NATION

Villagers Fret Over Future Of Pandanus Plantations

The future for the voivoi plantation is looking bleak – Mikaele Liga Climate change is having a big effect on the daily lives of Narikoso Villagers on Ono, Kadavu. The
22 Aug 2018 10:00
Villagers Fret Over  Future Of Pandanus  Plantations
Resina Turagabeci in the process of mat weaving in her house in Narikoso, Ono in Kadavu on August 20, 2018. Photo: Sheenam Chandra

The future for the voivoi plantation is looking bleak – Mikaele Liga

Climate change is having a big effect on the daily lives of Narikoso Villagers on Ono, Kadavu.

The village, which is renowned throughout Kadavu for its voivoi (pandanus leaf) plantations has been severely affected by the rising sea levels. Voivoi is used by women in rural, remote and maritime areas in the weaving of mats.

However, rising seawater intrusion has meant that the villagers’ plantations are being slowly decimated.

Retired primary school teacher Mikaele Liga explained during a tour to a voivoi plantation: “Seawater has been seeping into the voivoi plantation and it has affected the roots of the plants. Over time the salt water will kill the plants.”

Mr Liga said people from neighbouring villages and islands used to visit Narikoso and exchange fish and dalo for voivoi.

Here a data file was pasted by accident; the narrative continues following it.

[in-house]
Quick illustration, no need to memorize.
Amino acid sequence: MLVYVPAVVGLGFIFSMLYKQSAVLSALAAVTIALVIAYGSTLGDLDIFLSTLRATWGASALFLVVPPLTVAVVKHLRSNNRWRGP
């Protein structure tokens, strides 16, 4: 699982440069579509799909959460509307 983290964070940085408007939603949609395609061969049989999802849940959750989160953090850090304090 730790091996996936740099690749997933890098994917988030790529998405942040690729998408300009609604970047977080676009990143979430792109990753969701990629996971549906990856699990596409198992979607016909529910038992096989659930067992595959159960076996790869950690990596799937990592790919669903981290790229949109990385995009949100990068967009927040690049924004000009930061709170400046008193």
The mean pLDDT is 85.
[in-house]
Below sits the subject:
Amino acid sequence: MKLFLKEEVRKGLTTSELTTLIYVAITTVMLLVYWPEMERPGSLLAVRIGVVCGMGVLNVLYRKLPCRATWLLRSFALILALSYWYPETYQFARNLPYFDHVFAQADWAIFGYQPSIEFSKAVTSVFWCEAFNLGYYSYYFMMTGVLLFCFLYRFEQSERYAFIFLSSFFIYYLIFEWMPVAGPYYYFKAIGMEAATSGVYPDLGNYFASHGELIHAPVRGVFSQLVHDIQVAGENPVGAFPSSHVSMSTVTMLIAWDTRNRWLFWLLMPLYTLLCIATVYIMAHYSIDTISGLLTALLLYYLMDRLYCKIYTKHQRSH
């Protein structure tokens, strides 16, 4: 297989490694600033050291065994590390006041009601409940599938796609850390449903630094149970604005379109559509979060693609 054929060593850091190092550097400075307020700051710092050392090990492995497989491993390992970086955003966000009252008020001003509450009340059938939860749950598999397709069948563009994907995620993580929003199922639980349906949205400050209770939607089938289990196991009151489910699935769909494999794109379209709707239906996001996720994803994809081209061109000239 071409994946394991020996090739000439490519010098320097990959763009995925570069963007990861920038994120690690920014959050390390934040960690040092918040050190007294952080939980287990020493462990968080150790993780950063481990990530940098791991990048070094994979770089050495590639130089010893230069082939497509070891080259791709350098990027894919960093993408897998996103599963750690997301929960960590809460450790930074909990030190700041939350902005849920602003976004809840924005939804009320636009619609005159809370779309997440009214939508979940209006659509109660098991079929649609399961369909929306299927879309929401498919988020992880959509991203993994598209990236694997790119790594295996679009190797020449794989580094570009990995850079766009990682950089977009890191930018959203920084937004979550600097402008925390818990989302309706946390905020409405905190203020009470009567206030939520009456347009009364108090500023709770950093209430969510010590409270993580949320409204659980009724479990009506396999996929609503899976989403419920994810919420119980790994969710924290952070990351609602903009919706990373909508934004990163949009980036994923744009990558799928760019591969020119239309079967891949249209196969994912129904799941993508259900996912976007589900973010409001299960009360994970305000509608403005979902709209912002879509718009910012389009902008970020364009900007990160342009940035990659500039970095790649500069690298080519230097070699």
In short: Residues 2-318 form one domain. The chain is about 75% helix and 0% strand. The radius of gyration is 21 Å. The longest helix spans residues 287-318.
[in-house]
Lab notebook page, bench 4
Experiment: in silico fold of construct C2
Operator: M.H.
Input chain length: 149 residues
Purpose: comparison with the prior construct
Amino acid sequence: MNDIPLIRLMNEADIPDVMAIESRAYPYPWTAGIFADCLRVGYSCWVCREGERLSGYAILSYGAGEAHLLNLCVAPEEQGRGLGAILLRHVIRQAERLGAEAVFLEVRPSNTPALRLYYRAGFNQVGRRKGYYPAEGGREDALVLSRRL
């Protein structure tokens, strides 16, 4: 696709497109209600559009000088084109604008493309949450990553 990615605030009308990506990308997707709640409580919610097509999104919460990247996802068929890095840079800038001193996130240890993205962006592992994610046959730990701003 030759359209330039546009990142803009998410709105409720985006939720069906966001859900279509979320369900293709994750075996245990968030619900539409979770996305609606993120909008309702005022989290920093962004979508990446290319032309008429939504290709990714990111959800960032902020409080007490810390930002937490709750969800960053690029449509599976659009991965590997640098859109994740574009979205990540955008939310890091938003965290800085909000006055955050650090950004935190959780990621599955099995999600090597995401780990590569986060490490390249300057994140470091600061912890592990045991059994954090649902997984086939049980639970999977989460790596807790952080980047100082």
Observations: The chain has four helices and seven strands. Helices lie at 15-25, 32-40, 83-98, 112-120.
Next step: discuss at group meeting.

“In the late 1990s until now, people from neighbouring villages, using gallons of fuel just to travel to Narikoso to buy voivoi,” he said.

“But since the rising in sea level and the salt water intrusion has slowly been damaging the roots of the voivoi plants.”

He told the Fiji Sun that harvesting and transportation of voivoi was done by men and women of the village.

“It is a hard job so the workload is shared among the men and women of Narikoso. It is the only village on Ono, which involves both men and women in the process.”

The future for the voivoi plantation is looking bleak. There is only one voivoi plantation, but it is slowly deteriorating.

Meanwhile, Resina Turagabeci has been weaving mats for more than 40 years at Narikoso. She has been noticing the rise in sea level and it has been worrying her.

“I go to the voivoi plantation to cut the leaves, recently the number of leaves that I am cutting is getting less,” she said.

Her main source of income is selling mats. She usually makes $300 a week from selling mats.

When asked how she would continue with her mat weaving if the water entirely infiltrated the voivoi plantation, she answered;

“Wherever we relocate, I will take some voivoi plants to plant it there because I have to continue weaving mats for me and my family.”

She taught her two daughters to weave mats because she wanted them to continue her legacy.

Edited by Epineri Vula

sheenam.chandra@fijisun.com.fj

 

 

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